Calculate total variation on $[0,2\pi]$ of $f(x)$, where

$\begin{align*} f(x) = \begin{cases} \sin(x), & \text{if $x \in [0,\pi)$} \\ 2, & \text{if $ x= \pi$}\\ \cos(x), & \text{if $x \in (\pi,2\pi]$} \end{cases} \end{align*}$

My idea Let $P$ a partition of $[0,2\pi]$, where exists $r$ such that $x_r=\pi$. Then,

$$\sum_{i=1}^{n} |f(x_{i})-f(x_{i-1})|=\sum_{i=1}^{r-1} |f(x_{i})-f(x_{i-1})|+|f(x_r)-f(x_{r-1})|\\ +|f(x_{r+1})-f(x_r)|+ \sum_{i=r+2}^{n} |f(x_{i})-f(x_{i-1})| \\= \sum_{i=1}^{r-1} |\sin(x_{i})-\sin(x_{i-1})|+|2-\sin(x_{r-1})|+|\cos(x_{r+1})-2|\\+ \sum_{i=r+2}^{n} |\cos(x_{i})-\cos(x_{i-1})|$$ but how can I bound that sums?, these sums converges and I didn´t know it?, and what happen if the point $\pi$ is not in the partition? But the real problem is calculate the $\mathrm{sup}\sum_{i=1}^{n} |f(x_{i})-f(x_{i-1})|$ and I suppose that is $2$, could you guide me?. Thanks, for your help.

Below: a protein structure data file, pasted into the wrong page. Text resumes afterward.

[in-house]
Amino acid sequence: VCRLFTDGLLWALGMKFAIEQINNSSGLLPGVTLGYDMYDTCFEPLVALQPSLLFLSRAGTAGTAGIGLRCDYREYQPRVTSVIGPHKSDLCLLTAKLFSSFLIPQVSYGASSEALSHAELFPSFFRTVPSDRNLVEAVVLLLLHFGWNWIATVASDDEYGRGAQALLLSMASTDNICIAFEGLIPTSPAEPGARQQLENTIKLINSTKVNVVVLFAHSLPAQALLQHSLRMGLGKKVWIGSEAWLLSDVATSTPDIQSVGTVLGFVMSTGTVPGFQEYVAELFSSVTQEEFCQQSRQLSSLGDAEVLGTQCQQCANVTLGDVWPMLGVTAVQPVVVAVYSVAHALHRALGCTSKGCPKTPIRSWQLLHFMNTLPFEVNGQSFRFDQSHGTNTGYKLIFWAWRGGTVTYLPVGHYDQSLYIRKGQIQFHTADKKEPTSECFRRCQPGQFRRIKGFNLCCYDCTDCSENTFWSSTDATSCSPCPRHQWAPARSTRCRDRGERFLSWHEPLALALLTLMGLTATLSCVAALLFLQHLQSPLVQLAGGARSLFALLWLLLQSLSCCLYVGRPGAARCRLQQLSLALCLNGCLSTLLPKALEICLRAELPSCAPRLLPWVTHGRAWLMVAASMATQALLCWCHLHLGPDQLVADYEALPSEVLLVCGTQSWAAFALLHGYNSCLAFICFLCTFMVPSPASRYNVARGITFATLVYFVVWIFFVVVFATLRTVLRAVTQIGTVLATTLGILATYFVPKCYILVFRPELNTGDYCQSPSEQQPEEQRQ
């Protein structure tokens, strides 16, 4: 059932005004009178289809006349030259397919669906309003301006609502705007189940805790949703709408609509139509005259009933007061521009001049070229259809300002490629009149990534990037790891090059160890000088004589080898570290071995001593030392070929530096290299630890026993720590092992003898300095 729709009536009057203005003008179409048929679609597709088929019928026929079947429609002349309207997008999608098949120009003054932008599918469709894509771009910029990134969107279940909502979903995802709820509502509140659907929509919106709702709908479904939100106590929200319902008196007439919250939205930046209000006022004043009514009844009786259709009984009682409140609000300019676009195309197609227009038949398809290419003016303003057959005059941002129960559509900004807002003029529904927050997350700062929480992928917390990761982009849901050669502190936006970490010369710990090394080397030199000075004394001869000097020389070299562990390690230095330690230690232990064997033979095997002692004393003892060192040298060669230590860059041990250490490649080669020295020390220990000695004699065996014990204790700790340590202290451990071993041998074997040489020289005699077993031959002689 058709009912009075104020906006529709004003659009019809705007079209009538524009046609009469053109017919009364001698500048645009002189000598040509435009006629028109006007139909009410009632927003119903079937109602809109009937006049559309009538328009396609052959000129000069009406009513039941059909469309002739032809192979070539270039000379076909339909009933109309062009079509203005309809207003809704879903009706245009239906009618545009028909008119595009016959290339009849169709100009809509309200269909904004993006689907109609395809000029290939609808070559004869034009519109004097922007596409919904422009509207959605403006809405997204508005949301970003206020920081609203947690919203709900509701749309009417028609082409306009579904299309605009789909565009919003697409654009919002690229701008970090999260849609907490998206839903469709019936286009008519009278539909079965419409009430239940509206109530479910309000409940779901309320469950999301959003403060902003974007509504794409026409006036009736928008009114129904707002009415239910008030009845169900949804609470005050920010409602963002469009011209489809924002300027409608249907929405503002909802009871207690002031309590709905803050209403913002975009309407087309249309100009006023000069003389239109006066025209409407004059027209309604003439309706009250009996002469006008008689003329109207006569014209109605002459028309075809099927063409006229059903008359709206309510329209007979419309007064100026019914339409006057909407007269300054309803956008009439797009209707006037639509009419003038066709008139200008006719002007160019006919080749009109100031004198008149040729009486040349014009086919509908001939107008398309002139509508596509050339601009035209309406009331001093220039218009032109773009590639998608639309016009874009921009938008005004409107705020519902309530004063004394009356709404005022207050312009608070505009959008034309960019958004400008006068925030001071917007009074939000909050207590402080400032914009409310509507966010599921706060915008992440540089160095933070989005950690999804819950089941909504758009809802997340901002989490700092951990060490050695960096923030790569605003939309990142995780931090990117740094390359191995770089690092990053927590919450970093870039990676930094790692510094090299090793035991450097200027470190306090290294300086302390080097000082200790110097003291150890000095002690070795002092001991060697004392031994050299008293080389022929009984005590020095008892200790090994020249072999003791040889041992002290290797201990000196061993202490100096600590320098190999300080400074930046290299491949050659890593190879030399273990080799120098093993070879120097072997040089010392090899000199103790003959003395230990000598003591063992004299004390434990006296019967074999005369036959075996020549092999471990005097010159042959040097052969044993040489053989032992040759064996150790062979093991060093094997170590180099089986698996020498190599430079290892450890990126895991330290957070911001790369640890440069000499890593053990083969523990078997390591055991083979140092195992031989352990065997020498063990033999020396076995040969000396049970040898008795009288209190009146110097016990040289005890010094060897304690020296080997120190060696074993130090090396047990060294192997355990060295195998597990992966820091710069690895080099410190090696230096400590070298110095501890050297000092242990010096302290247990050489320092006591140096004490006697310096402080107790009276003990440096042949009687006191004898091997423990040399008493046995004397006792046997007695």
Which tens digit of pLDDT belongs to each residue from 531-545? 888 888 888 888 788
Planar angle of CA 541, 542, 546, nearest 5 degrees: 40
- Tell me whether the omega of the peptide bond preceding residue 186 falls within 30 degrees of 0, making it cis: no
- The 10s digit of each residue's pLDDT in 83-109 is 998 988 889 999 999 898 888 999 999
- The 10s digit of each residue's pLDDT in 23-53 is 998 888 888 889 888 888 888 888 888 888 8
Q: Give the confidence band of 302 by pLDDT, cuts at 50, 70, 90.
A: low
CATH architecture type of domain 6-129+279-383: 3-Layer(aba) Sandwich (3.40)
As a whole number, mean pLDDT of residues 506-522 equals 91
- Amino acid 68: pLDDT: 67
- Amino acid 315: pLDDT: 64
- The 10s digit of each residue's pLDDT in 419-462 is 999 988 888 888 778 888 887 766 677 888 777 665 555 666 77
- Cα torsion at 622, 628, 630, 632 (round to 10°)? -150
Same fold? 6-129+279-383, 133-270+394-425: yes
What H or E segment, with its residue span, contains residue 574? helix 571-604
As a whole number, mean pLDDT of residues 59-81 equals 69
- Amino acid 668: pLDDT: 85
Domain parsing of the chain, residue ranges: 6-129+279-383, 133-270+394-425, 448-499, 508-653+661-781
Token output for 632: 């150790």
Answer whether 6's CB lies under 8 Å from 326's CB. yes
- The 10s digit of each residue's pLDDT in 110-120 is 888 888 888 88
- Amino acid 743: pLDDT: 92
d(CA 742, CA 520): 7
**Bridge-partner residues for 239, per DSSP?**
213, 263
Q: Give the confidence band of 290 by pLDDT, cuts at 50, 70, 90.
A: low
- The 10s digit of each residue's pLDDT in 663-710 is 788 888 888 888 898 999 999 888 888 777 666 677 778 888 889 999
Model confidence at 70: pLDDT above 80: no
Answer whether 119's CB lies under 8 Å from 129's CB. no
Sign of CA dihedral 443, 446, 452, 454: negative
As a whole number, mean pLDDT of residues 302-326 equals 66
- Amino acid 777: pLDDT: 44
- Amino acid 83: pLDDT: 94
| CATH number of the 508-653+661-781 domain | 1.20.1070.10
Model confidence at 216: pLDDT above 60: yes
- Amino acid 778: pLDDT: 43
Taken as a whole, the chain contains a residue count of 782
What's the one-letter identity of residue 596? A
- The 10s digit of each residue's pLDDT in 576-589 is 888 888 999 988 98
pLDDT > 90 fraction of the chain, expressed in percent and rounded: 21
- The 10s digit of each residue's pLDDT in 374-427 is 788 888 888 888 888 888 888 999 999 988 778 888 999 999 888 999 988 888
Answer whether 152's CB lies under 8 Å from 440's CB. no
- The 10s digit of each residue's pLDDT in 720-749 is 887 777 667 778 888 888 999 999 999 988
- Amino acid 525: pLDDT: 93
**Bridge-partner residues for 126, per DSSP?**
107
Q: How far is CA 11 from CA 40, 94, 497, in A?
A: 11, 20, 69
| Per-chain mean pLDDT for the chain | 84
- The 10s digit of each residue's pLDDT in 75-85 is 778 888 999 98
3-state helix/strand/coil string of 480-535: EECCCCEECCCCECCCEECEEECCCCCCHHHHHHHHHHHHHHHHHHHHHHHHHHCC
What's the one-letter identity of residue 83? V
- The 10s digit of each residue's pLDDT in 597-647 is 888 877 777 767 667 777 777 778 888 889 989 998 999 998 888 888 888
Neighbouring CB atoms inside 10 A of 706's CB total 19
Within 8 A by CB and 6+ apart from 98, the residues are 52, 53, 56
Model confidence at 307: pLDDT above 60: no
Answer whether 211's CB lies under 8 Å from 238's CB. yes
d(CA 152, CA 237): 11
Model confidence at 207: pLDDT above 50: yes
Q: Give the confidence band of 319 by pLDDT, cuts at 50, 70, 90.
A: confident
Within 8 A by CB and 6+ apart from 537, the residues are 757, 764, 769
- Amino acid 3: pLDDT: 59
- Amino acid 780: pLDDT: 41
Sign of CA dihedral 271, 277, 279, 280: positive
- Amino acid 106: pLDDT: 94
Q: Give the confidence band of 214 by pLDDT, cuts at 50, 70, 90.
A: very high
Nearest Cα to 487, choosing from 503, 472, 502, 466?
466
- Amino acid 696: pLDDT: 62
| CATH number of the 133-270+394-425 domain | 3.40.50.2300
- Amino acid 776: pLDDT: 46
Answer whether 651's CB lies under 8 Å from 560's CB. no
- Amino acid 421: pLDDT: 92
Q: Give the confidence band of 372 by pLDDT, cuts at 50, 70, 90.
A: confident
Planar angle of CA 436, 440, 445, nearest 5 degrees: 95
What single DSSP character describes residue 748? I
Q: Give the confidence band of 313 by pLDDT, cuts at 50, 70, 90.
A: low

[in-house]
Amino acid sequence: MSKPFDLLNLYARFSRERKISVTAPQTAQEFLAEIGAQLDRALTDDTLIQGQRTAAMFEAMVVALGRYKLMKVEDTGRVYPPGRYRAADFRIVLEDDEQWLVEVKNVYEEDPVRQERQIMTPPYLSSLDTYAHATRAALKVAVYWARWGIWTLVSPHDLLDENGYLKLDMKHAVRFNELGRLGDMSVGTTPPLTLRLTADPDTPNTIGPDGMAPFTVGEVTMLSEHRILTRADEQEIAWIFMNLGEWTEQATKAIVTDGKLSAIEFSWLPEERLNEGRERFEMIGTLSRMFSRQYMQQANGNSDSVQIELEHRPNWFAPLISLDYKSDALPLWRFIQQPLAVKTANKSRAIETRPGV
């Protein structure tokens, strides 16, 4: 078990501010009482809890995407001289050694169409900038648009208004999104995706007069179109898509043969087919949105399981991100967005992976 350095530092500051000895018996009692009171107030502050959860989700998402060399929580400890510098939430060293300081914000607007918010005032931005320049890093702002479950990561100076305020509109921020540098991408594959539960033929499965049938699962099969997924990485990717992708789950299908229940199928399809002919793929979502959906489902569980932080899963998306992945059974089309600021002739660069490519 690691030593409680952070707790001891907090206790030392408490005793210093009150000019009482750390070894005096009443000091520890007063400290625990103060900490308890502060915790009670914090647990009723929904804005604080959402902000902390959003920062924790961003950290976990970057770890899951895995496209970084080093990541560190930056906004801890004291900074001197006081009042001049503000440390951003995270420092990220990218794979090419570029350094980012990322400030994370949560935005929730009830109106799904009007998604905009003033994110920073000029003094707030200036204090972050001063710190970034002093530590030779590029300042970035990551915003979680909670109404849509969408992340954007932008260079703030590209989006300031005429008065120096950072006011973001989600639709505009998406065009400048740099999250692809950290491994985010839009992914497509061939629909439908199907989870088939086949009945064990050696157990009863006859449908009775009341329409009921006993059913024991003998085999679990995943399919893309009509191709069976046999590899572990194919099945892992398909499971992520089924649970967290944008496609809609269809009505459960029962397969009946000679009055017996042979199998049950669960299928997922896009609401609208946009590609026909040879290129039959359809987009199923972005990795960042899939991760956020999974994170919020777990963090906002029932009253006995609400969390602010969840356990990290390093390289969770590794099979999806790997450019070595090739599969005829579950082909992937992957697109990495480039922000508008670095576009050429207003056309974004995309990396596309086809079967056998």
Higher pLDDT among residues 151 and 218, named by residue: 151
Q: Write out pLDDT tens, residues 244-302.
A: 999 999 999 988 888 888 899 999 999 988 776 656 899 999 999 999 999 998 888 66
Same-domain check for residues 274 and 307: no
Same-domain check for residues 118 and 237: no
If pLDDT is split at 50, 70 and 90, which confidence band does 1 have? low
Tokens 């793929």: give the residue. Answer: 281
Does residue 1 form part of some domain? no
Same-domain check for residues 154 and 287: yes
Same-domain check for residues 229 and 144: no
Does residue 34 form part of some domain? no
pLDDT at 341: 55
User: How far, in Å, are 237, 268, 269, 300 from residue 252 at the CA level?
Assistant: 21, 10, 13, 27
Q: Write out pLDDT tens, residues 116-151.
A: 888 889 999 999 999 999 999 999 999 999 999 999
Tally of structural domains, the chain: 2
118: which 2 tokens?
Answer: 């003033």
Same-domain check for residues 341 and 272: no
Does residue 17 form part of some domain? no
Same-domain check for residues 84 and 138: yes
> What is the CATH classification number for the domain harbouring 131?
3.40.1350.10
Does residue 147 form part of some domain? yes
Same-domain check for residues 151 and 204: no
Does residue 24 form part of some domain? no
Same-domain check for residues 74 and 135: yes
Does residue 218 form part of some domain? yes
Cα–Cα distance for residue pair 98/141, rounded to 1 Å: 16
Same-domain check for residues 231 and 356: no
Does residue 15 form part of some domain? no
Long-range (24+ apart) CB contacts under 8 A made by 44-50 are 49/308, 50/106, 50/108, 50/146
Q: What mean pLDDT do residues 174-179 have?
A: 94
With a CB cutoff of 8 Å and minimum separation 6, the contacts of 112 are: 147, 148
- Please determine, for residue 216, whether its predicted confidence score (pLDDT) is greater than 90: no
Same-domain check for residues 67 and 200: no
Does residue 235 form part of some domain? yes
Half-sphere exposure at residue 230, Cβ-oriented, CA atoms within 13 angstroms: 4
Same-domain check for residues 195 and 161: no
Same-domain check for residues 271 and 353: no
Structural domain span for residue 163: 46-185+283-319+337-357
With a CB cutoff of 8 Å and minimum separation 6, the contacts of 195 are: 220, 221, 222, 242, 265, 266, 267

• $\begingroup$ The mean value theorem may be useful! $\endgroup$ Apr 21, 2020 at 18:31

1 Answer 1


Total variation is additive over subintervals as $V_a^b(f) = V_a^c(f)+ V_c^b(f)$ for $a < c < b$.

Thus, $V_0^{2\pi}(f) = V_{0}^{\pi/2}(f)+V_{\pi/2}^{2\pi}(f) = 1 + V_{\pi/2}^{2\pi}(f)$ since the sine function is monotone increasing on $[0,\pi/2]$ and $V_{0}^{\pi/2}(f) = |\sin(\pi/2) - \sin(0)|=1$.

Taking a partition $\frac{\pi}{2} = x_0 < x_1< \ldots < x_{r-1} < x_r = \pi < x_{r+1} < \ldots <x_n = 2\pi$ we have, using the monotonicity of $f$ on $[0,\pi/2)$ and $(\pi,2\pi]$,

$$\sum_{j=1}^n |f(x_j) - f(x_{j-1})|\\ = \sum_{j=1}^{r-1}|\sin(x_j)- \sin(x_{j-1})| + |f(x_r) - \sin(x_{r-1})|+ |\cos(x_{r+1}) - f(x_r)| + \sum_{j=r+1}^{n}|\cos(x_j)- \cos(x_{j-1})|\\ = 1 - \sin(x_{r-1}) + |2 - \sin(x_{r-1})| + |2 - \cos (x_{r+1})| +1 - \cos(x_{r+1})$$

The supremum over partitions is approached as $x_{r-1} \to \pi$ and $\sin(x_{r-1}) \to 0$ from the left and $x_{r+1} \to \pi$ and $\cos(x_{r+1}) \to -1$ from the right. Thus,

$$V_{0}^{2\pi}(f) = 1 + V_{\pi/2}^{2\pi}(f) = 1+8 = 9$$

Note that the sum over a partition that excludes the single point $\pi$ is always dominated by a sum over a partition with $\pi$ included, since

$$|f(x_{r+1}) - f(x_{r-1})| \leqslant |f(x_{r+1}) - f(x_{r})|+ |f(x_{r}) - f(x_{r-1})|$$


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